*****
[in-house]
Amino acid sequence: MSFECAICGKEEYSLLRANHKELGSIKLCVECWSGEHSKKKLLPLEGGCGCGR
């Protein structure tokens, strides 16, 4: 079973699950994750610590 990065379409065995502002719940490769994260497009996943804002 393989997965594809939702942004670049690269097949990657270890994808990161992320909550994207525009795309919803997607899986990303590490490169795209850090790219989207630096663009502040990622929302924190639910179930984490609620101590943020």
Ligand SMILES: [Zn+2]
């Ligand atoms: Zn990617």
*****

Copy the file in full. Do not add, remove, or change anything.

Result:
[in-house]
Amino acid sequence: MSFECAICGKEEYSLLRANHKELGSIKLCVECWSGEHSKKKLLPLEGGCGCGR
């Protein structure tokens, strides 16, 4: 079973699950994750610590 990065379409065995502002719940490769994260497009996943804002 393989997965594809939702942004670049690269097949990657270890994808990161992320909550994207525009795309919803997607899986990303590490490169795209850090790219989207630096663009502040990622929302924190639910179930984490609620101590943020």
Ligand SMILES: [Zn+2]
């Ligand atoms: Zn990617």